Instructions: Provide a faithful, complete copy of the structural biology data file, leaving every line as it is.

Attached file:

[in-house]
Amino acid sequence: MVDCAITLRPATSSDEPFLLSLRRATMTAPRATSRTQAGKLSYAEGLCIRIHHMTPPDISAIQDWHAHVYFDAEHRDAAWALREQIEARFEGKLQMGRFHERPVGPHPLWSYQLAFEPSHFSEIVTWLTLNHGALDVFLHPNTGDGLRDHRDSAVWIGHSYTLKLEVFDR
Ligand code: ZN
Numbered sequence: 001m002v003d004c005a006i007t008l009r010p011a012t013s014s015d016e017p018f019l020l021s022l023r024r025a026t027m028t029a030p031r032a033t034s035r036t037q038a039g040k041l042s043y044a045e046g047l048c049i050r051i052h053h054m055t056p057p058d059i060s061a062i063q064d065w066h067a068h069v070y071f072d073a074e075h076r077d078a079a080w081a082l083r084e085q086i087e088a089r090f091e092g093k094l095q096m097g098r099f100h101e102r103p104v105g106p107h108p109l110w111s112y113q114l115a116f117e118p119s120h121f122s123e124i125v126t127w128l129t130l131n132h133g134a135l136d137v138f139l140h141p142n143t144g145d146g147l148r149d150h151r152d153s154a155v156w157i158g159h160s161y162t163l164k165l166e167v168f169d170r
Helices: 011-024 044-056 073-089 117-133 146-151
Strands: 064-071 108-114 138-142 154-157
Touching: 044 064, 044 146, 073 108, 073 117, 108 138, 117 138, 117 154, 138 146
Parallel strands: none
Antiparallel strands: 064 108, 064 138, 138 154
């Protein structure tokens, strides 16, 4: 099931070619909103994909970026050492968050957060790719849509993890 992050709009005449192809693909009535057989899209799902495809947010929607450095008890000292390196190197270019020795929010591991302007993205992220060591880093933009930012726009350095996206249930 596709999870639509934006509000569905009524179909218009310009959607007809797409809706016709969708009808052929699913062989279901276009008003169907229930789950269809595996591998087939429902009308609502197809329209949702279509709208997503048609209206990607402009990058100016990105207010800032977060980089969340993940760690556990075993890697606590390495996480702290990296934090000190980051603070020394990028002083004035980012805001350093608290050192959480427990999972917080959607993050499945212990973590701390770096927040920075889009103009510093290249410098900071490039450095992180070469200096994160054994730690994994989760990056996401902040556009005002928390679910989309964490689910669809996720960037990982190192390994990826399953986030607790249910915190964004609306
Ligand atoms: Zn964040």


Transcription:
[in-house]
Amino acid sequence: MVDCAITLRPATSSDEPFLLSLRRATMTAPRATSRTQAGKLSYAEGLCIRIHHMTPPDISAIQDWHAHVYFDAEHRDAAWALREQIEARFEGKLQMGRFHERPVGPHPLWSYQLAFEPSHFSEIVTWLTLNHGALDVFLHPNTGDGLRDHRDSAVWIGHSYTLKLEVFDR
Ligand code: ZN
Numbered sequence: 001m002v003d004c005a006i007t008l009r010p011a012t013s014s015d016e017p018f019l020l021s022l023r024r025a026t027m028t029a030p031r032a033t034s035r036t037q038a039g040k041l042s043y044a045e046g047l048c049i050r051i052h053h054m055t056p057p058d059i060s061a062i063q064d065w066h067a068h069v070y071f072d073a074e075h076r077d078a079a080w081a082l083r084e085q086i087e088a089r090f091e092g093k094l095q096m097g098r099f100h101e102r103p104v105g106p107h108p109l110w111s112y113q114l115a116f117e118p119s120h121f122s123e124i125v126t127w128l129t130l131n132h133g134a135l136d137v138f139l140h141p142n143t144g145d146g147l148r149d150h151r152d153s154a155v156w157i158g159h160s161y162t163l164k165l166e167v168f169d170r
Helices: 011-024 044-056 073-089 117-133 146-151
Strands: 064-071 108-114 138-142 154-157
Touching: 044 064, 044 146, 073 108, 073 117, 108 138, 117 138, 117 154, 138 146
Parallel strands: none
Antiparallel strands: 064 108, 064 138, 138 154
């Protein structure tokens, strides 16, 4: 099931070619909103994909970026050492968050957060790719849509993890 992050709009005449192809693909009535057989899209799902495809947010929607450095008890000292390196190197270019020795929010591991302007993205992220060591880093933009930012726009350095996206249930 596709999870639509934006509000569905009524179909218009310009959607007809797409809706016709969708009808052929699913062989279901276009008003169907229930789950269809595996591998087939429902009308609502197809329209949702279509709208997503048609209206990607402009990058100016990105207010800032977060980089969340993940760690556990075993890697606590390495996480702290990296934090000190980051603070020394990028002083004035980012805001350093608290050192959480427990999972917080959607993050499945212990973590701390770096927040920075889009103009510093290249410098900071490039450095992180070469200096994160054994730690994994989760990056996401902040556009005002928390679910989309964490689910669809996720960037990982190192390994990826399953986030607790249910915190964004609306
Ligand atoms: Zn964040």